Ecstasy Artist Chemical X: ‘Maybe we need a new drug’
Hands up who wants to come to this exhibition with me in a transit van and balaclavas, with a getaway car around the corner? For his latest work, the artist known as Chemical X has taken 10,000 ecstasy tablets to make two enormous murals that look more like something you'd find behind the altar of the world's funnest church. He's the man who designed the logo for Ministry of Sound in the early 90s, so put two and two together and you'll get the answer – this man knows a thing or two about pills.
If you want to see what Class A heaven looks like, Chemical X is exhibiting the work as part of the ARK show which runs at Bear Cub Gallery until 2 October (or until the cops shut it down). Obviously, we had a few questions for the anonymous artist, starting with "how do you even get away with exhibiting 10,000 pills"?
First things first: how on earth do you get so many pills? Do you collect them or something?
Chemical X: We buy in the ’ingredients' wholesale and make the pills in house at a secret location. We have two pill presses, one to get the colours right in blanks, then we transfer the colour recipe over to the other press hidden away so that if the studio is raided there is no ‘contamination’. We have a large selection of old school embossing tools.
Are you a big caner yourself, or is it strictly about the art?
Chemical X: Used to be. Had my first E in the mid 80s when they were coming in from New York and cost £45. Mind you, you only needed one all weekend. Trouble was the club scene wasn’t geared that way and they shut at 1am. Nowadays I’m way too busy to lose the recovery time. We are very strict that no pills are used for anything other than going in the pieces. It’s all weighed before and after and any spares are crushed up and used in the next piece. They all have an ‘X’ embossed on the back so we’d know if someone used the machine for their own ends…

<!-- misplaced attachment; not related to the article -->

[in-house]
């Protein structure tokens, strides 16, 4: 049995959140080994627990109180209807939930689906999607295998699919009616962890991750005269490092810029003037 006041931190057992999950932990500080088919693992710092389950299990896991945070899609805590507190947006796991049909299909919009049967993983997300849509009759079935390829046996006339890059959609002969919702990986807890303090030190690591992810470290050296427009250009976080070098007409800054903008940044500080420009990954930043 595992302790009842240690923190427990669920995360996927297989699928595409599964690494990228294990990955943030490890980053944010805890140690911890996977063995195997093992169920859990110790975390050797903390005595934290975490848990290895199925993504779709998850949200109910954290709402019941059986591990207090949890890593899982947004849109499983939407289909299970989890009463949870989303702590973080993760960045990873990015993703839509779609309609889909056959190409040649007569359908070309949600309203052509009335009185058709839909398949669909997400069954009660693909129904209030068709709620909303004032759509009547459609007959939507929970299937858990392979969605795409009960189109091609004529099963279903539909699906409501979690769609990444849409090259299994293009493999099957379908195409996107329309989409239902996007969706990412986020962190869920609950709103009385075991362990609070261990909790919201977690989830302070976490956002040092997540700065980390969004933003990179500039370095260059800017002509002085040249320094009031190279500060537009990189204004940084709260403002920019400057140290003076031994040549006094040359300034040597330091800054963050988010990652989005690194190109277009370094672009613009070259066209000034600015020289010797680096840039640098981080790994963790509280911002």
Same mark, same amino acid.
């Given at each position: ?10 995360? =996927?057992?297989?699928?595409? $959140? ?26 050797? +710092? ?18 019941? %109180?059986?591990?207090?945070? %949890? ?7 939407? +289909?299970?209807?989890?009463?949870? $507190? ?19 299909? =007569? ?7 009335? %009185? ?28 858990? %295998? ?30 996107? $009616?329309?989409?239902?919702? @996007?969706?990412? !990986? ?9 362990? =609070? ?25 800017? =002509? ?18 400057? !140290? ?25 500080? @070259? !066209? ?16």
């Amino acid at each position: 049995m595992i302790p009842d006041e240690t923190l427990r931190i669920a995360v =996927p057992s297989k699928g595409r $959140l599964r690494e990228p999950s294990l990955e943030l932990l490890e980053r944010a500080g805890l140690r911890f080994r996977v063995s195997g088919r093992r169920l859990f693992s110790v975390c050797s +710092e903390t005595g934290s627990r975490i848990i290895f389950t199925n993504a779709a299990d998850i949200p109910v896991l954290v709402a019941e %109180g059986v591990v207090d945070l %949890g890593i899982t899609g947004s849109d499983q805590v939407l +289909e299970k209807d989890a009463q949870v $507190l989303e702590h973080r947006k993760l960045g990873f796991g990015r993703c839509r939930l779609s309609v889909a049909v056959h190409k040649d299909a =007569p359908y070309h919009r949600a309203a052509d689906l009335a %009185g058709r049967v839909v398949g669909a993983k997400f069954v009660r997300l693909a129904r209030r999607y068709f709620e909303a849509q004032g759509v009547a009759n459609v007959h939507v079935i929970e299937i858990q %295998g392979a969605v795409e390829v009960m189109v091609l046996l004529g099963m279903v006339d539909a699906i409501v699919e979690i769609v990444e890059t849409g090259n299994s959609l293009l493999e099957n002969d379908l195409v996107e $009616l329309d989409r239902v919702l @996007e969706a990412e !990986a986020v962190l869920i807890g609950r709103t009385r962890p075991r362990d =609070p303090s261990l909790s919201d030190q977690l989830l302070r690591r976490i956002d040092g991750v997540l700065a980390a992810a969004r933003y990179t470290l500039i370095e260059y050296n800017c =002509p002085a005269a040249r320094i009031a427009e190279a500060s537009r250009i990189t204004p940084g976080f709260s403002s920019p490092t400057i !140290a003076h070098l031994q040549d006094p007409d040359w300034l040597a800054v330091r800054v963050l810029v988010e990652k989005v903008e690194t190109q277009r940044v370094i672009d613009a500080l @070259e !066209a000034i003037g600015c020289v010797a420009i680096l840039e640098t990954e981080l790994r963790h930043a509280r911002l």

You've never exhibited the ecstasy based work before. How are you able to do it now?
Chemical X: Because we’ve kept it quiet beforehand. Last time it was the head of the drugs licensing department at the Home Office that shut us down. I’d be surprised if we make it to the end of this run if I’m honest. Any sniff of the authorities getting involved and they will be removed from the show.
You go under a pseudonym, I assume to avoid the law. Have you ever had a run-in with the police over your art?
Chemical X: Not yet but we have a contingency plan to deal with that when it happens.
You designed the logo for Ministry of Sound. How has clubbing culture changed through the decades since the start of MoS?
Chemical X: When MoS opened there wasn’t much of a scene beyond Shoom and a few other more underground places. The Ministry broke all the rules - no booze, south of the river, old bus depot, but it was Justin Berkman’s vision of the dance box that made it work. When they approached me they just wanted a visualisation of the club - I told them that they needed a brand and a logo as the club scene hadn’t really taken that kind of thing on. Now that’s all there is - brands playing the same music with different packaging. We need something new, underground and edgy again. Maybe we need a new drug…